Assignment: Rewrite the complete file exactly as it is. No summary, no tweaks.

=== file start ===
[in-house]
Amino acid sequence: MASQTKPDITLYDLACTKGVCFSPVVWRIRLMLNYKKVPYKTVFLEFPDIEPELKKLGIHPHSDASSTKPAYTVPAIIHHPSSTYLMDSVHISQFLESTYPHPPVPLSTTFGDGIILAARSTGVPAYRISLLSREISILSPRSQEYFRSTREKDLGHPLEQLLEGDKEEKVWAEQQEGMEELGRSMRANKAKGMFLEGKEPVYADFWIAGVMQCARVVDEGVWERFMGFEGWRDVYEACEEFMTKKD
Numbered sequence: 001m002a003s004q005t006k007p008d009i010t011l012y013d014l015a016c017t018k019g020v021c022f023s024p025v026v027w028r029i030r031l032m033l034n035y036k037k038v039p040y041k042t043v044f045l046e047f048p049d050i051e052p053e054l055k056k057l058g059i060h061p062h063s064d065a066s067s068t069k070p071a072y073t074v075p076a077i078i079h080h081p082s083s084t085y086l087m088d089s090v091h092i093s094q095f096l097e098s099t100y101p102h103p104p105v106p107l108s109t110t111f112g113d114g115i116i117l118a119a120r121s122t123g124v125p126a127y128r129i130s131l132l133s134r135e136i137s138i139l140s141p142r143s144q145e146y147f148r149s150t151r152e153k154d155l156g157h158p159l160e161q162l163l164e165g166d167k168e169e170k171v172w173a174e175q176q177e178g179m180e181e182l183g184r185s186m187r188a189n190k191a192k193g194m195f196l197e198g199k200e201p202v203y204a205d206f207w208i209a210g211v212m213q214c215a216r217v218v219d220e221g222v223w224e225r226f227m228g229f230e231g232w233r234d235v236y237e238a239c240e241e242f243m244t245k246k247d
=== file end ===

[in-house]
Amino acid sequence: MASQTKPDITLYDLACTKGVCFSPVVWRIRLMLNYKKVPYKTVFLEFPDIEPELKKLGIHPHSDASSTKPAYTVPAIIHHPSSTYLMDSVHISQFLESTYPHPPVPLSTTFGDGIILAARSTGVPAYRISLLSREISILSPRSQEYFRSTREKDLGHPLEQLLEGDKEEKVWAEQQEGMEELGRSMRANKAKGMFLEGKEPVYADFWIAGVMQCARVVDEGVWERFMGFEGWRDVYEACEEFMTKKD
Numbered sequence: 001m002a003s004q005t006k007p008d009i010t011l012y013d014l015a016c017t018k019g020v021c022f023s024p025v026v027w028r029i030r031l032m033l034n035y036k037k038v039p040y041k042t043v044f045l046e047f048p049d050i051e052p053e054l055k056k057l058g059i060h061p062h063s064d065a066s067s068t069k070p071a072y073t074v075p076a077i078i079h080h081p082s083s084t085y086l087m088d089s090v091h092i093s094q095f096l097e098s099t100y101p102h103p104p105v106p107l108s109t110t111f112g113d114g115i116i117l118a119a120r121s122t123g124v125p126a127y128r129i130s131l132l133s134r135e136i137s138i139l140s141p142r143s144q145e146y147f148r149s150t151r152e153k154d155l156g157h158p159l160e161q162l163l164e165g166d167k168e169e170k171v172w173a174e175q176q177e178g179m180e181e182l183g184r185s186m187r188a189n190k191a192k193g194m195f196l197e198g199k200e201p202v203y204a205d206f207w208i209a210g211v212m213q214c215a216r217v218v219d220e221g222v223w224e225r226f227m228g229f230e231g232w233r234d235v236y237e238a239c240e241e242f243m244t245k246k247d